So when we find ourselves on our path, not knowing which way to turn and wishing for guidance, we can turn to ourselves. We may not know the right answer rationally or intellectually, but if we simply ask, let go, and wait patiently, an answer will come. The more we practice this and trust this process, the less we will look outside ourselves for teachers and guides for we will have successfully become our own."


 Click image for larger size.

"When dealing with the insane,
the best method is to pretend to be sane."
- Hermann Hesse

Click image for larger size, which you may then 
fill in and frame if you're so inclined, as I did... lol
 - CP

Thursday, March 5, 2015

"How It Really Is"

The Economy: "Get Ready for a “Zero Returns” World"

"Get Ready for a 'Zero Returns' World"
by Bill Bonner

Gualfin, Argentina - “Where is that old and tattered “Crash Alert” flag? Many times since the start of the rally in US stocks in 2009, we hoisted it. And many times has it failed to give us a useful signal. But we will bring it out again, if a bit sheepishly… and let it wave, in the warm Argentine air. 

Why? Do we know a crash is coming? No, of course not. Is our flag a good indicator of what will happen? Apparently not. But we regard it like the “Shark Alert” flags you see on the beaches of Australia. (Down Under is the only country in the world to have a chief of state who was eaten by a shark.) The “Shark Alert” flag doesn’t mean you can’t go swimming. It means if a shark takes a bite out of you, it’s your own damned fault.

Nutty Valuations: Why are we raising the flag again now? Economist and fund manager John Hussman, of Hussman Funds, explains: "Last week, the CAPE ratio of the SP 500 Index surpassed 27, versus a historical norm of just 15 prior to the late-1990s market bubble. [The CAPE ratio – also known as the Shiller P/E ratio – looks at inflation-adjusted earnings over a 10-year period to control for cyclicality in earnings.] The S&P 500 price-revenue ratio surpassed 1.8, versus a pre-bubble norm of just 0.8. On a wide range of historically reliable measures (having a nearly 90% correlation with actual subsequent S&P 500 total returns), we estimate current valuations to be fully 118% above levels associated with historically normal subsequent returns in stocks. 

Advisory bullishness (Investors Intelligence) shot to 59.5%, compared with only 14.1% bears – one of the most lopsided sentiment extremes on record. The S&P 500 registered a record high after an advancing half-cycle since 2009 that is historically long-in-the-tooth and already exceeds the valuation peaks set at every cyclical extreme in history but 2000 on the S&P 500 (across all stocks, current median price-earnings, price-revenue and enterprise value-EBITDA multiples already exceed the 2000 extreme)."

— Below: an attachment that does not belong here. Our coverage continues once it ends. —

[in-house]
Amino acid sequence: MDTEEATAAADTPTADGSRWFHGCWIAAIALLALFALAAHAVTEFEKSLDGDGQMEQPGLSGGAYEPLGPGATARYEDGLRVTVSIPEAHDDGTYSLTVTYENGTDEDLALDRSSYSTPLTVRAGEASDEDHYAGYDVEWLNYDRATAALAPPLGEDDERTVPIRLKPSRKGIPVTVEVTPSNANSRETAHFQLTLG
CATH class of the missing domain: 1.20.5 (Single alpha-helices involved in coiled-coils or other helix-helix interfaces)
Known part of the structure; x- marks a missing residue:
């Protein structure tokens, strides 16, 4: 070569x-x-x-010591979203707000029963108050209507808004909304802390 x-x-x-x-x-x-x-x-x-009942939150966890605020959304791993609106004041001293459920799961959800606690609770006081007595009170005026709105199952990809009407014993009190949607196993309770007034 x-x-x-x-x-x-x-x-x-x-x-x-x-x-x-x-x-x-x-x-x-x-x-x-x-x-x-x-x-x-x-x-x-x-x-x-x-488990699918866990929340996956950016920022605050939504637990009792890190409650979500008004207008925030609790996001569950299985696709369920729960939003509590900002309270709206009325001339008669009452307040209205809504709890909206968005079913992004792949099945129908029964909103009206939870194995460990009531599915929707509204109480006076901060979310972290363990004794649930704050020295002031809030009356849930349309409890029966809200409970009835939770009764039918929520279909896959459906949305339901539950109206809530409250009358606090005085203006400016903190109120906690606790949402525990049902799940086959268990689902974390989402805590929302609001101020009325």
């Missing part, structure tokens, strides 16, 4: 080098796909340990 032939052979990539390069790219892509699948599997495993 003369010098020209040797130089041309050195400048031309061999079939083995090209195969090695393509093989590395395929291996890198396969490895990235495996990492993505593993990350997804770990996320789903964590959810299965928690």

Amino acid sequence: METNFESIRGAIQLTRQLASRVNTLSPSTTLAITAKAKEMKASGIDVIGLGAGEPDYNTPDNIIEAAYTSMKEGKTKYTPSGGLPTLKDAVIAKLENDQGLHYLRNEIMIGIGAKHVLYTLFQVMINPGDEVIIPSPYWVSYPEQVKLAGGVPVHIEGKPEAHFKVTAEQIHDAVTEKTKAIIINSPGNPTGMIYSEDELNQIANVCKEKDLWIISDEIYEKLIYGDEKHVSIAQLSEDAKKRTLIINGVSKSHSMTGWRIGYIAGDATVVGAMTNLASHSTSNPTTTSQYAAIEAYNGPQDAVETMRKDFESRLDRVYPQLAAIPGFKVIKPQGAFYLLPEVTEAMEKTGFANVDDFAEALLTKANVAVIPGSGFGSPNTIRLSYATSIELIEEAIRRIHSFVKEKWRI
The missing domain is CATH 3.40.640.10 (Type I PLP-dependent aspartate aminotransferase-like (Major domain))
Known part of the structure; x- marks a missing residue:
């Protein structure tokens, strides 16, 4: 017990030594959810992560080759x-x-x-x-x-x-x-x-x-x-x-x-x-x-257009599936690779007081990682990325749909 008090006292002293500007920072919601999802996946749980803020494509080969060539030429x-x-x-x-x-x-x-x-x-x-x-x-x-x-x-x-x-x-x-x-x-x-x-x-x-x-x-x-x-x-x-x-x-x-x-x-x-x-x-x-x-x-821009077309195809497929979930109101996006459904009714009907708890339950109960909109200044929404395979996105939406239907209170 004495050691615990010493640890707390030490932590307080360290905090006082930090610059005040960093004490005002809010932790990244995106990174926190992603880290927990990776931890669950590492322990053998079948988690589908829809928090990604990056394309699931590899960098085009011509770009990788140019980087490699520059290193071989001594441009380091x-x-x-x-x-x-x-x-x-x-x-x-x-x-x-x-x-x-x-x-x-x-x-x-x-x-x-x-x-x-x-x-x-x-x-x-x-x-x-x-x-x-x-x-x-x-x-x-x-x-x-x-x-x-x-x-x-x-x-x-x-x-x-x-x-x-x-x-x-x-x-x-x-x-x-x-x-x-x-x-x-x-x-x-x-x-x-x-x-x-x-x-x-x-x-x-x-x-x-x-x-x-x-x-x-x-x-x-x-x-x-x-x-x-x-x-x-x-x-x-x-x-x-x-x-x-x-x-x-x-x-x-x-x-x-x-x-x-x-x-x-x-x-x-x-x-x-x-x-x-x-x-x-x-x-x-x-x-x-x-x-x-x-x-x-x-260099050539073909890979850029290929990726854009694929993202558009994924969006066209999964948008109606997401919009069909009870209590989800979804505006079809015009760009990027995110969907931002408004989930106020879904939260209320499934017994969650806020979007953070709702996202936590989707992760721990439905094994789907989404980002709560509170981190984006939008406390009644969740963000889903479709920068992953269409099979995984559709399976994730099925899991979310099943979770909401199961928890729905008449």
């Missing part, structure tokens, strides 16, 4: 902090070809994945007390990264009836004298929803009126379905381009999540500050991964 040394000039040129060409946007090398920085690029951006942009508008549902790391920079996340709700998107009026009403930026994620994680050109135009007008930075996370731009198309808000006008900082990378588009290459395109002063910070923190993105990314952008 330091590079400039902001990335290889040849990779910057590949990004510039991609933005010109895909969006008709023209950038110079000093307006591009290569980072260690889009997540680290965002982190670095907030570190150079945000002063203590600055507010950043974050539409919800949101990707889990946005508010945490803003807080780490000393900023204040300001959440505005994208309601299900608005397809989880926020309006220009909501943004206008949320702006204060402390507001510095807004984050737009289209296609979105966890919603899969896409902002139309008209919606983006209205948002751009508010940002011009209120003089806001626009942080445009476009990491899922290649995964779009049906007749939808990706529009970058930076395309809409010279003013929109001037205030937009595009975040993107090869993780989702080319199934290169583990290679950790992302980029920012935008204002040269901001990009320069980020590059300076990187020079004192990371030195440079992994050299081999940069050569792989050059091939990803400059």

The water is full of sharks, in other words. And that’s why this is the best time to get out of the market in the next eight years, says Hussman. Over that time, he says, the likely return from a balanced portfolio of stocks and bonds is zero. So nutty are US stock market valuations (in light of the economic situation) that SocGen equity strategist Albert Edwards is afraid he may be going bonkers too: "We are at that stage in the cycle where I begin to doubt my own sanity. I’ve been here before though and know full well how this story ends and it doesn’t involve me being detained in a mental health establishment (usually)." 

The downturn in US profits is accelerating. And it is not just an energy or US dollar phenomenon – a broad swathe of US economic data has disappointed in February. One of the positive surprises, payrolls, is a lagging indicator. The $64,000 question is not if, but rather when will investors realize what is going on?”

Out of the Box: Yesterday, we looked at something so counterintuitive… so contrarian… and so out of the box that many readers thought the craziness must have gotten to us. They urged us to get back into the box as soon as possible. But one of the advantages of being in Argentina, so cut off from civilization, is that we can’t find the box. We are largely out of touch with the news and cut off from popular opinion. 

On a typical day, we rise at 7 a.m., chat with the farm manager, eat breakfast outside in the sunny courtyard… and settle into our work. We read a few headlines and stories on our computer. (Yes, we have solar power and a satellite Internet connection.) Then we read more… and answer correspondence. We have lunch. We read some more and we sit down to write. 

Then when we are tired of sitting, at 5 p.m., we saddle up a horse and go for a ride. The ride usually takes a couple of hours – simply because it takes so long to get anywhere. Yesterday, we rode up the riverbed toward the old stone mill. A sluice brought water down from an irrigation canal and used it to turn a stone-grinding wheel. We’ve spent time studying its primitive technology. And we pray civilization will not collapse: We don’t think we could ever figure out how to make it work again. 

The ride was gloriously beautiful – through huge clumps of pampas grass, across the marshes, up the side of the hill, along a stone wall that led to the mill. A few white puffs of clouds flew across an otherwise pure blue sky; yellow flowers covered the hillsides.

Why the Rich Get Richer: Having cleared our head, we returned to our thoughts… Lately, we have been thinking about how we – and almost everyone else – misjudged the potential inflationary effects of central bank policies (ZIRP and QE). As we mentioned yesterday, central banks are not really “printing money.” Nor are they really stimulating the economy. Instead, they are putting credit on sale. Yesterday, we provided some detail on how US corporations are using this cheap credit to buy back their own shares.